established a World Commission for Culture and Development in 1992 with the UN’s
former secretary-general Pérez de Cuéllar as chairman. In 1995 the Commission pub-
lished the report “Our Creative Diversity”, the main premise of which is to regard cul-
ture as the basis for all development. The report was later followed up by a series of
conferences and reports, most recently World Culture Report 2000 under the heading
“Cultural Diversity, Conflict and Pluralism”. The report focuses on cultural diversity
and on culture as the source of social creativity, but also of violence and exclusion. It
also emphasises that all cultures whose values are tolerant towards those of other cul-
tures must be respected on the basis of a binding global ethic founded on universal val-
ues, human rights and mutual respect across cultural boundaries.
With its strategy paper from 1999, “Culture and Sustainable Development – A
Framework for Action”, the World Bank has also begun to take the cultural dimension
into account in its loan policies. The World Bank wishes to promote a development
process rooted in the local culture and in the knowledge and needs of the local popula-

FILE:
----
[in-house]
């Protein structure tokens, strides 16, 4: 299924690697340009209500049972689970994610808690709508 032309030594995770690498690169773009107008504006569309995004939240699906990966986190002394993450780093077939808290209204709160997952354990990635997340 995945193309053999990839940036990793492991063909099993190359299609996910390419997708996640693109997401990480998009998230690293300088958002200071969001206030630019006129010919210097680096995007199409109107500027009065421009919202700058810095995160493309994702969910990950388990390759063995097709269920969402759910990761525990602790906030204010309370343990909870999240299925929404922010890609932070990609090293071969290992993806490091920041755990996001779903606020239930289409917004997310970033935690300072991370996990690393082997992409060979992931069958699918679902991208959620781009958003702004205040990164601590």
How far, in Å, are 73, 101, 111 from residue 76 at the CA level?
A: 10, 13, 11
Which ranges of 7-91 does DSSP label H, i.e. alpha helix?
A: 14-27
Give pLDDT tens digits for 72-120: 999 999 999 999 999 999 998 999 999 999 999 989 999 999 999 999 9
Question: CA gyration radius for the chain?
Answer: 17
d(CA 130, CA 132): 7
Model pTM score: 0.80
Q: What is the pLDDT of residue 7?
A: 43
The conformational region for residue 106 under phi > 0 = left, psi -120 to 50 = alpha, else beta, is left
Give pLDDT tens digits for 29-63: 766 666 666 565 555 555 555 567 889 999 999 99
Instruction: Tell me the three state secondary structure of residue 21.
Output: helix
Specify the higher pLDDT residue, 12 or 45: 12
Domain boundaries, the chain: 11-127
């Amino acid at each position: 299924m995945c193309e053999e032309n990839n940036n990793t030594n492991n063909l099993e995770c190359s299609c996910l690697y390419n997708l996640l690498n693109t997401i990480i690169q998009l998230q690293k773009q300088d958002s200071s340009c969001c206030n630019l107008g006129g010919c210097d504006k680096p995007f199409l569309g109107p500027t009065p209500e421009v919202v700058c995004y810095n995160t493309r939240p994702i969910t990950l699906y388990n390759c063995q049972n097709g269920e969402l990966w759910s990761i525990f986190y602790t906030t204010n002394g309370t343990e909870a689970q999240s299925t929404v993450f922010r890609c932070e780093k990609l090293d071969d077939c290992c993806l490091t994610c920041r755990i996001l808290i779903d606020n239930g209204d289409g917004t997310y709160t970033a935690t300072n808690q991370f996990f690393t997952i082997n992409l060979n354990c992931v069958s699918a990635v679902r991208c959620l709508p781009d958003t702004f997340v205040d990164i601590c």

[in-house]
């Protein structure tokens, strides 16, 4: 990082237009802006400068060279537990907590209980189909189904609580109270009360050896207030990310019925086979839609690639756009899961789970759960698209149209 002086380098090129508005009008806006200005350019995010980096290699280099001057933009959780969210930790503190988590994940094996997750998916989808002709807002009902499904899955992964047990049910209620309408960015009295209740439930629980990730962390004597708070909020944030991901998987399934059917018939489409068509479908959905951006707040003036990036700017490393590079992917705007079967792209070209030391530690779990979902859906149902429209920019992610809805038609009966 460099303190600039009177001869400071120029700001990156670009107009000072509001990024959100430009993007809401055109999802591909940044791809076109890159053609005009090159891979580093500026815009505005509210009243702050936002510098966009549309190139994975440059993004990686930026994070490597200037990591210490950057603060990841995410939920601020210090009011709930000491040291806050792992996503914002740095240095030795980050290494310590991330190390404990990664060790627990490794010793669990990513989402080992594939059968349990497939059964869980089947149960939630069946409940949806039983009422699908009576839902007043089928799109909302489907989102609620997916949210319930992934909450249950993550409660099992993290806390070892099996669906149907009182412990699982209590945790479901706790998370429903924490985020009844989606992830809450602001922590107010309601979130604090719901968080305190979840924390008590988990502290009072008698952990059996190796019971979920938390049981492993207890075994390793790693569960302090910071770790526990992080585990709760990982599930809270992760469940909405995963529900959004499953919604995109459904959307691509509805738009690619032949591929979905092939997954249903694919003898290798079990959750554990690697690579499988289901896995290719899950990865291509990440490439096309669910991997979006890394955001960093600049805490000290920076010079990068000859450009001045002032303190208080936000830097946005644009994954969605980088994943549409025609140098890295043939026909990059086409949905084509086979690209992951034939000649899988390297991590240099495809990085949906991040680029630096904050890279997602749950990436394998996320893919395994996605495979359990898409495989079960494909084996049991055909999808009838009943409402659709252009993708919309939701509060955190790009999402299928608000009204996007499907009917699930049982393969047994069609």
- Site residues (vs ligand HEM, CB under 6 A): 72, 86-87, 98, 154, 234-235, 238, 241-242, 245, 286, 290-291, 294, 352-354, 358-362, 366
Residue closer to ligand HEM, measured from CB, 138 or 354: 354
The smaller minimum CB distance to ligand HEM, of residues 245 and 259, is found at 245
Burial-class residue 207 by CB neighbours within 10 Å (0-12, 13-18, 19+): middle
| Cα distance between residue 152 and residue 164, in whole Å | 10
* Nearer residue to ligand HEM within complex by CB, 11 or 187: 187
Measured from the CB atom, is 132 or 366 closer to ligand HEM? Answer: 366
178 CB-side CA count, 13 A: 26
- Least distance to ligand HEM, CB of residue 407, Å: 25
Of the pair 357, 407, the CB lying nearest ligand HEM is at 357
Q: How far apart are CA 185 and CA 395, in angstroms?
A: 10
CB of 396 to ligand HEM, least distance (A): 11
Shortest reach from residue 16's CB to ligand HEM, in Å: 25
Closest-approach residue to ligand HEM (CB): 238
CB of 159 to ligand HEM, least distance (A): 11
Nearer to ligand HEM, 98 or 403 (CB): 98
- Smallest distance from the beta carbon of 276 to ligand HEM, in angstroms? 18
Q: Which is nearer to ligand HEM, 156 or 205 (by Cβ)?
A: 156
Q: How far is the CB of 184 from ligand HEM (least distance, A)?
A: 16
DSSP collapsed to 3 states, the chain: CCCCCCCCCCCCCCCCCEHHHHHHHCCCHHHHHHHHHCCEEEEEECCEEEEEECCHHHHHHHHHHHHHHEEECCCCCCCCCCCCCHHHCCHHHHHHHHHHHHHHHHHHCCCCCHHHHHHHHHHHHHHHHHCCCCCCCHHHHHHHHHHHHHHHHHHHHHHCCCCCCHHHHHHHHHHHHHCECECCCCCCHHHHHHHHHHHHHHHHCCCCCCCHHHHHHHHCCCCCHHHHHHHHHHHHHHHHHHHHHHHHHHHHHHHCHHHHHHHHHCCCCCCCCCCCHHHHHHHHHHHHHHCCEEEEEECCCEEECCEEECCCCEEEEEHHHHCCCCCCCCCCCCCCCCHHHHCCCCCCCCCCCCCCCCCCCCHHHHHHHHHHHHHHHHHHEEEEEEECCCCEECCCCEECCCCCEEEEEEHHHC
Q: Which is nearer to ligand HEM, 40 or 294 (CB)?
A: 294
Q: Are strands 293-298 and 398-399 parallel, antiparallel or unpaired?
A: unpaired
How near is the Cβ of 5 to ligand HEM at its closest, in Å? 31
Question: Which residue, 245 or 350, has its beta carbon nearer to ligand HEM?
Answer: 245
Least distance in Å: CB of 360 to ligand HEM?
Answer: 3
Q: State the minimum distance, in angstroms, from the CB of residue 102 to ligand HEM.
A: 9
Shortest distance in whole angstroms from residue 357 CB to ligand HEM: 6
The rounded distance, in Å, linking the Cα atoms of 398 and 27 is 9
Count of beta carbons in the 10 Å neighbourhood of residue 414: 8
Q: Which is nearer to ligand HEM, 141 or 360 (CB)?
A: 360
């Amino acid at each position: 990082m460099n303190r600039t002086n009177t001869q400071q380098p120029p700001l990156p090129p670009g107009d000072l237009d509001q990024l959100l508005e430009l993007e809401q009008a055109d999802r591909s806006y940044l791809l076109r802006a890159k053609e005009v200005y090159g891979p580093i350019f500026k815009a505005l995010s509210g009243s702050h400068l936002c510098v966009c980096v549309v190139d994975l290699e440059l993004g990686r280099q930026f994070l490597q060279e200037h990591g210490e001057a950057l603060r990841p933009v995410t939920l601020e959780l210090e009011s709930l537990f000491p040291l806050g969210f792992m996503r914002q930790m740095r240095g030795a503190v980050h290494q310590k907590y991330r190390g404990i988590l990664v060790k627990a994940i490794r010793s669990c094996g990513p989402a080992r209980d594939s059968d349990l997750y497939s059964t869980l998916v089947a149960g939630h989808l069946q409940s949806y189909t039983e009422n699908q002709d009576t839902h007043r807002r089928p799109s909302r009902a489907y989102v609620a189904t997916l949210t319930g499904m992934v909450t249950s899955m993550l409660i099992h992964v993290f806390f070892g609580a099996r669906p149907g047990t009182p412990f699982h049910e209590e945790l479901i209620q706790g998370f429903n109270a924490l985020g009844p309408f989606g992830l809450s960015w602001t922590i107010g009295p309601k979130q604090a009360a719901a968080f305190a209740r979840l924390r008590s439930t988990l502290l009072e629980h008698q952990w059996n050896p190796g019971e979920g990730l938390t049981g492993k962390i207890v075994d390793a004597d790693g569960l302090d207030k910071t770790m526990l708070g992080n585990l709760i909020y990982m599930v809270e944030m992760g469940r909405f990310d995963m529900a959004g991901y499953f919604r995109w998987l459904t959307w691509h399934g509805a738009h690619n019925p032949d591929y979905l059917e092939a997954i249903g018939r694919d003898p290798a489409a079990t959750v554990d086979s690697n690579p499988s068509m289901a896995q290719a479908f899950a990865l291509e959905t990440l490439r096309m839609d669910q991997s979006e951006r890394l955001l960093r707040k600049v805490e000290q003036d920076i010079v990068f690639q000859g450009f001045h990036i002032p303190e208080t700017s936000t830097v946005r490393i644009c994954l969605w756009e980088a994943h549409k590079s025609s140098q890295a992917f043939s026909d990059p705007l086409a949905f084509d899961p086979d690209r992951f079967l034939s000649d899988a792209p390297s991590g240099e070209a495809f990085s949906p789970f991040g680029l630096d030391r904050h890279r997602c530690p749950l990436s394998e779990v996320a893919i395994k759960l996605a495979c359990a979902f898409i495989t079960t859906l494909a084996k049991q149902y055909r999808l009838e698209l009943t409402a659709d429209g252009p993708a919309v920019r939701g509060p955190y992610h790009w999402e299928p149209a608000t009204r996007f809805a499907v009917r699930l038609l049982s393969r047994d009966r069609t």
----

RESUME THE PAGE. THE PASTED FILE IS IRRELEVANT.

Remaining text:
tion. Thus, the World Bank is continuing its work on evolving participant-oriented
development instruments and has recently, with Danish support, engaged in a project
to incorporate and develop the concept of ‘social capital’ in its development work.
In a number of countries – not least the Nordic countries – the cultural dimension plays
a prominent role in development cooperation. There is a general tendency towards incor-
porating the cultural dimension as an integral component of development cooperation.
Much attention is devoted to drawing upon the cultural dimension as a key to a deeper
understanding of local conditions and conflicts that may affect development work. This
shift in emphasis should be seen in the light of the trends currently influencing the devel-
opment debate. The following section outlines three of the most significant trends that,
each in their own way, have served to focus attention on the cultural dimension.
7

Poverty orientation, national strategies and globalisation are increasing
the focus on culture

Three central trends in the general international development are focusing attention on
the cultural dimension in the development process, namely poverty orientation, nation-
al strategies and globalisation:
Understanding of the nature of poverty and strategies for poverty reduction